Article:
Dravid left his mark as an opener too

Dravid left his mark as an opener too

One of the most demanding challenges in cricket is opening the batting, and especially in the longer version.

always the team man Rahul Dravid never backed out from opening whenever the situation demanded so.

It may not appear so when Virender Sehwag or David Warner is blazing away, but these men aren’t traditional Test match openers, they are more exceptions than the rule.

Several top-class batsmen have found the transition from batting in the middle-order to moving up to the top of the tree, even if only on a temporary basis, a daunting proposition. Rahul Dravid always made it clear that he was a reluctant opener, but that didn’t prevent him from making four Test hundreds whilst opening the batting, whilst averaging an impressive 42.47 in 23 innings.

“I have always grown up as a middle-order batsman, all my routines have been set for so many years in being one-drop or two-drop batsman for Karnataka,” Dravid said recently.
“One of the things I find is when there is a 10-minute period, you have to rush back in, change and quickly run out, that’s something I have not done often enough. Sometimes, I feel I have been rushed to the middle when I have been asked to open.”

Ravi Shastri began his Test career as a left-arm spinner, but finished as an opening batsman with centuries in England, Australia and Pakistan, among other places.

“It’s all about the mindset, you need to treat opening as a challenge,” Shastri told Deccan Herald from Dubai. “That’s what Rahul did in Pakistan (in 2006 when he made two hundreds in three Tests). If you go with any other mindset, even a defensive mindset, it will hold you back.

“When you are batting at three, your whole preparation isn’t hampered. That extra two minutes, even if you have to go out the second ball, makes a huge difference; you know you are getting to watch the first ball. But whenever Rahul was required to open, he did the job because he was always one step ahead. He realised that it’s not something he is going to do permanently, he had to do it in the interests of the team, and that mindset helped him immensely.”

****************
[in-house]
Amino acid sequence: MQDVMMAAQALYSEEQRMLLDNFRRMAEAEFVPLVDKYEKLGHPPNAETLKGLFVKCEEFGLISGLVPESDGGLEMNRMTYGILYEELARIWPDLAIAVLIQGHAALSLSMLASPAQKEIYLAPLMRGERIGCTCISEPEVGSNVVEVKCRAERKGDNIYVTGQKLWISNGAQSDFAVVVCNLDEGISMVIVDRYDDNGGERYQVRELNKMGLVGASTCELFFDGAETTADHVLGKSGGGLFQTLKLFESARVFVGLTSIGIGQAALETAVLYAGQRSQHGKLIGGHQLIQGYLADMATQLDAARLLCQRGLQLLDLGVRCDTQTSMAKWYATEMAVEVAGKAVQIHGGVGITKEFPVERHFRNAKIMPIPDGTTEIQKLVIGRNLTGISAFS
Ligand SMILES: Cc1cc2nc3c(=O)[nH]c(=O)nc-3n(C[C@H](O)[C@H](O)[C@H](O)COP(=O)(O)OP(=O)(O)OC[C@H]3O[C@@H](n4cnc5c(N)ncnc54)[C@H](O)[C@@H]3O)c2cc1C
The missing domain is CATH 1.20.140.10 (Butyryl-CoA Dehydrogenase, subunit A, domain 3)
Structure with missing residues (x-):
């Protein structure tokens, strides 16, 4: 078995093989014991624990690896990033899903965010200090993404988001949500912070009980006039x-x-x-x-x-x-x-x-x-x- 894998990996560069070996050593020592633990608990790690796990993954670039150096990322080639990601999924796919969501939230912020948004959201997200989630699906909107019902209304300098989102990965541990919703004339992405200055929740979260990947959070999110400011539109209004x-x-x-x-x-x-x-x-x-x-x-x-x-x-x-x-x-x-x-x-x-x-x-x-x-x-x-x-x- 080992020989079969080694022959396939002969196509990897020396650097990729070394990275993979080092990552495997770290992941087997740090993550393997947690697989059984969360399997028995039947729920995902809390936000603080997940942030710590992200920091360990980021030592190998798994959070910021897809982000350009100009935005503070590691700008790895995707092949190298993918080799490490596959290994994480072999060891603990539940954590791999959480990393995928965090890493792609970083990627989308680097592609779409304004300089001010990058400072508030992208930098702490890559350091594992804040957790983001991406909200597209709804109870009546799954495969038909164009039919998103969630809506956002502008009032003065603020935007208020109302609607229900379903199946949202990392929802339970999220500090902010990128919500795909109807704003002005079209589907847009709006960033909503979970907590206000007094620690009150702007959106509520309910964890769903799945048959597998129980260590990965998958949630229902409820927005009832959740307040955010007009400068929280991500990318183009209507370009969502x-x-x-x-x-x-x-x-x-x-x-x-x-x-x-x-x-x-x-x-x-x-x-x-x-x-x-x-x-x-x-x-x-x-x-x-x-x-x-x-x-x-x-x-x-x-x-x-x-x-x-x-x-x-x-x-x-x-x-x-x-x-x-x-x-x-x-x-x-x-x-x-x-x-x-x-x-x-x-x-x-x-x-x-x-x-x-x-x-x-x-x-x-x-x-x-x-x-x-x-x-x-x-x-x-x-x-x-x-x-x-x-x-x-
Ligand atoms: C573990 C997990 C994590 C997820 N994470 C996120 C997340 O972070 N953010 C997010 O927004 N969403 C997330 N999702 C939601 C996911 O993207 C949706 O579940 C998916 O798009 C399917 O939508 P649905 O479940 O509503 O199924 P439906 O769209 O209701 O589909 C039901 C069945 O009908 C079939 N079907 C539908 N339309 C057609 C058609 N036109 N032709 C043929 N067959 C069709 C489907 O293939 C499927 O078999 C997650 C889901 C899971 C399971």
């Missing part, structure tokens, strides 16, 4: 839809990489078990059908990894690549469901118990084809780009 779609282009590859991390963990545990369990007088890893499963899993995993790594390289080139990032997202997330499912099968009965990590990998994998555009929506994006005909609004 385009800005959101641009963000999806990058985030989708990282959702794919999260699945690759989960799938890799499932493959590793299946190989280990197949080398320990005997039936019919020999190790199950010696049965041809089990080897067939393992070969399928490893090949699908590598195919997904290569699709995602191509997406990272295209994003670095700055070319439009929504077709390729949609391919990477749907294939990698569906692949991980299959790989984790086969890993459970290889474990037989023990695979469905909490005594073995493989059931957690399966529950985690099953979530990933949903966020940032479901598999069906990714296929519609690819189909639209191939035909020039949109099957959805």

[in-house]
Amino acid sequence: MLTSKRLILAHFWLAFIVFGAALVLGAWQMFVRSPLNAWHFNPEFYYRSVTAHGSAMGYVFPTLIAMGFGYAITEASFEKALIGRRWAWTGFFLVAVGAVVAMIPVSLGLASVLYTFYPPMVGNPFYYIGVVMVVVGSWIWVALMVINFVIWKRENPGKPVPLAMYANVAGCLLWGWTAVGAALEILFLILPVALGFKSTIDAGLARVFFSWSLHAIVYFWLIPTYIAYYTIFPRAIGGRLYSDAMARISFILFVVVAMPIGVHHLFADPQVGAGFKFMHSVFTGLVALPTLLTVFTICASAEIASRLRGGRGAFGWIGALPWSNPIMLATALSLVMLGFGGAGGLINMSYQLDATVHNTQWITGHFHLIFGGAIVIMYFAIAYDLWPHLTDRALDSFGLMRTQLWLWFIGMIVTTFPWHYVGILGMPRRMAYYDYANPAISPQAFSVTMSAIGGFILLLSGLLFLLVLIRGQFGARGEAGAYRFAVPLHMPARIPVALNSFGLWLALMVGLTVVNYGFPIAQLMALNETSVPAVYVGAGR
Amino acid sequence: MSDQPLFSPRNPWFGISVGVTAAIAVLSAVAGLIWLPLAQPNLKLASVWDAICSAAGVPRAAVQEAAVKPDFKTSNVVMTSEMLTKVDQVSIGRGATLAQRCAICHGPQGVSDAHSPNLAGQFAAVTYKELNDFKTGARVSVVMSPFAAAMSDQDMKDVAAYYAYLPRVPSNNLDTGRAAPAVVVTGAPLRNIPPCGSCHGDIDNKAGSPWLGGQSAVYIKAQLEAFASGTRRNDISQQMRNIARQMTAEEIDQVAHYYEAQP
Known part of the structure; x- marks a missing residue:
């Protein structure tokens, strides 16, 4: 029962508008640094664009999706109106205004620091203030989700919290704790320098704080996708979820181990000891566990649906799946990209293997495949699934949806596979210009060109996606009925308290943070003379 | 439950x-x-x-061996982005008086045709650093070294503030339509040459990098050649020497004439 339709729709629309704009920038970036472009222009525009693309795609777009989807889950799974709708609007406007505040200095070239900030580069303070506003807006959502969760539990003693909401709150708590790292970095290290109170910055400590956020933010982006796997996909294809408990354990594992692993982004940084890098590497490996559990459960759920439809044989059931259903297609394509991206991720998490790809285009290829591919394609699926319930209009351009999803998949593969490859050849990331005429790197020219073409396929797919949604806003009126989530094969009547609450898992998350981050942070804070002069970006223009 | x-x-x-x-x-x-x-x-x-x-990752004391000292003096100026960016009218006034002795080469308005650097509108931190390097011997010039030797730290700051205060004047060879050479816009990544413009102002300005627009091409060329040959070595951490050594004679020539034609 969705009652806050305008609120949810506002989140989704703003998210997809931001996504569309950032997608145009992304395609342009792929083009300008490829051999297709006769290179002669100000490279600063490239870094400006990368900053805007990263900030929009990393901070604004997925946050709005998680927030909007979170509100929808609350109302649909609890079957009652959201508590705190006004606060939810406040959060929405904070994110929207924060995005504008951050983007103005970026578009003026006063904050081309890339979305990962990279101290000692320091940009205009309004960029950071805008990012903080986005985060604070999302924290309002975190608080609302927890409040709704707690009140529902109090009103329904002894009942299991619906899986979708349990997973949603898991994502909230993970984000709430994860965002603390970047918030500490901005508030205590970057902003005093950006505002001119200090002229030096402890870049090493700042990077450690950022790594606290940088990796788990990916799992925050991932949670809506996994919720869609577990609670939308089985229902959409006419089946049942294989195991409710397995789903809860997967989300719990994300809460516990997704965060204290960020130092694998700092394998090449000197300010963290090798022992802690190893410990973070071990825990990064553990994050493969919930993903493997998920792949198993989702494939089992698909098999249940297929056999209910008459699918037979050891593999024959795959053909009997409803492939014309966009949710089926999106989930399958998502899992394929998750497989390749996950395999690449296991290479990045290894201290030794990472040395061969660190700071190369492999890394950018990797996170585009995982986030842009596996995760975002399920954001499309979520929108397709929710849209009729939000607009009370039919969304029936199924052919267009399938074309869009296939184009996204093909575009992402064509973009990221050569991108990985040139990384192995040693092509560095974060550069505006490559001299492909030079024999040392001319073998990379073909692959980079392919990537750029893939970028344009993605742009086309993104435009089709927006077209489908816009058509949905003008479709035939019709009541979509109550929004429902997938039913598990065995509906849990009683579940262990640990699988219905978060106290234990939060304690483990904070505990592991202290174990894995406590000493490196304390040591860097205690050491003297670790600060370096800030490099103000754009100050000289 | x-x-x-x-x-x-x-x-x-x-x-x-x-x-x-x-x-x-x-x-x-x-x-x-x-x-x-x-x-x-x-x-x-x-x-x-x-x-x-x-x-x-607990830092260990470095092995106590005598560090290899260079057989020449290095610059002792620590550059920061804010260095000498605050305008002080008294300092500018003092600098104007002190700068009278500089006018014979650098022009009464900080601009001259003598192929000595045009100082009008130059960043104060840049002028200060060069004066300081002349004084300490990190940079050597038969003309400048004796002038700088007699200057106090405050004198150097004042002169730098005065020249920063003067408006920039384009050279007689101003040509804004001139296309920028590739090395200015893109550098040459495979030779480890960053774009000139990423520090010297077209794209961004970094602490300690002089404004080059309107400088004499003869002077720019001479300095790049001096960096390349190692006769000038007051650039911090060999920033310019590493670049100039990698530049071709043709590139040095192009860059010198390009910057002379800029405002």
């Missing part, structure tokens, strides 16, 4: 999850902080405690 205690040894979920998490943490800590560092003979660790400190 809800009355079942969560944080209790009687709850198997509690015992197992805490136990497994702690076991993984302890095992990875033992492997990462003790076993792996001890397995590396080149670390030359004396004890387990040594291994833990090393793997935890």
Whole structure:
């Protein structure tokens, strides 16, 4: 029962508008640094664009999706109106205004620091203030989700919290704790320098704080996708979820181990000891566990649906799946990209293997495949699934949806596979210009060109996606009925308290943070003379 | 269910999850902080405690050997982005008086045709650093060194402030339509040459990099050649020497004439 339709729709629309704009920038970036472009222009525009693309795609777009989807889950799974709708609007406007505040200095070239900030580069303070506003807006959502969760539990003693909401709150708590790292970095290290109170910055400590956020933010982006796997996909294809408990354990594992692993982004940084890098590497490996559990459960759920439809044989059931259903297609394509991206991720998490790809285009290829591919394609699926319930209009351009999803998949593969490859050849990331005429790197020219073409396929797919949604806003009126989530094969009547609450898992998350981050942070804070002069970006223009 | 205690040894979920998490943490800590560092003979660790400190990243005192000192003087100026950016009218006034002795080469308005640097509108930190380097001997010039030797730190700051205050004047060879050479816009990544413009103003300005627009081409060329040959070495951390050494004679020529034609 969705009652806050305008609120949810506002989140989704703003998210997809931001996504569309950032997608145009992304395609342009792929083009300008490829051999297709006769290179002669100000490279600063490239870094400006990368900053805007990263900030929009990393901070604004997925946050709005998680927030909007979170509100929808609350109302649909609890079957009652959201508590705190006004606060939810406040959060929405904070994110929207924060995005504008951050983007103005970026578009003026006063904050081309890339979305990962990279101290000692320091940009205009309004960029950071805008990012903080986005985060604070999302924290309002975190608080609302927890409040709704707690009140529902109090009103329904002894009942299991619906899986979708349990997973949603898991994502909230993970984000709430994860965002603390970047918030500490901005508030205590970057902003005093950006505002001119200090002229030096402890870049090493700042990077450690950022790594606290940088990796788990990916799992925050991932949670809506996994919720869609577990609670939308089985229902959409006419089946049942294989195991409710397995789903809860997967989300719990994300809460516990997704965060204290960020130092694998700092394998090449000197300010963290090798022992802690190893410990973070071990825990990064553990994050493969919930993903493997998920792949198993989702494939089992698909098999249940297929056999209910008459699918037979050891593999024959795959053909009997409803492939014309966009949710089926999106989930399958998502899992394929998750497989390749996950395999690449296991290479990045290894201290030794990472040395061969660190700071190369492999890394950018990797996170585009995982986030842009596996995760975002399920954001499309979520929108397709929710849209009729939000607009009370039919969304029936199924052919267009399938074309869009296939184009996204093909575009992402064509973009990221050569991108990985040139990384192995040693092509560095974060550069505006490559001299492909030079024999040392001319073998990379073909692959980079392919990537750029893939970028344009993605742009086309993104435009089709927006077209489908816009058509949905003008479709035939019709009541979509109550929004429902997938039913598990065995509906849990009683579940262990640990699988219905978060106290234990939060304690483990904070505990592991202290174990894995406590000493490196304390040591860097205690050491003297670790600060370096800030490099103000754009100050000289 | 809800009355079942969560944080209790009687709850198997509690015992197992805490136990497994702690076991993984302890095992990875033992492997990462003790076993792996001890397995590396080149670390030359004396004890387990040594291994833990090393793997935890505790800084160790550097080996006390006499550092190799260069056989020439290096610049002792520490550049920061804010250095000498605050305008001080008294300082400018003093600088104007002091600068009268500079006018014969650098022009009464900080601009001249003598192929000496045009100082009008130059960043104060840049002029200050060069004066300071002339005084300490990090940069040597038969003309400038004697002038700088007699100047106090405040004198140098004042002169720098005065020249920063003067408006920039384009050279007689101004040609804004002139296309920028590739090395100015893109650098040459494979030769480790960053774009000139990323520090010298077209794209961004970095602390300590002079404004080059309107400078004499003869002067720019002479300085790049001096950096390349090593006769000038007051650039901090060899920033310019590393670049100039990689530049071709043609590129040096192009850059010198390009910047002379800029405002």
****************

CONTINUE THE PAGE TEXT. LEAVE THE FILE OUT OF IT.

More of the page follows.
Shastri said he would remember Dravid as the best technican he had seen in Indian cricket, alongside Sunny Gavaskar. “Both men had water-tight techniques. I will also remember Rahul as a man who could perform in all conditions. He had the ability to adapt and perform. He didn’t play mind games, there wasn’t any petty thinking, no manipulation – it was just clean, straightforward cricket,” the former India skipper remarked. “He was a very intense character, a good reader and student of the game, and a thorough gentleman.”

“When I was the cricket manager of the team (in Bangladesh immediately after the 2007 World Cup), my admiration and respect went up two notches higher for the kind of individual Rahul was and for his commitment to cricket. He was hit on the nose during practice, but was up and running in less than a week’s time to play the first Test.”

Shastri said Dravid giving up the captaincy later that year took him by surprise. “What he needed was someone in the dressing room to make him enjoy the captaincy,” he observed. “Then he would have been captain for a longer while. He is India’s most successful captain overseas in the last two decades. I know there is talk about others, but if you look at his record – won a Test in Pakistan and South Africa, and series in the West Indies and England. No other India captain has a record like that in recent times. When he was captain, we won more overseas tours than any other captain.

“Now that he has decided to quit the game, people will now realise his greatness even more,” Shastri emphasised. “His are huge boots to fill, they will never be filled. Rahul, Sachin and VVS have been around for so long, they are so much in your face that you feel they have become a part of your furniture and you don’t give them the respect they deserve. It’s only when they aren’t around that you will realise their true greatness.”

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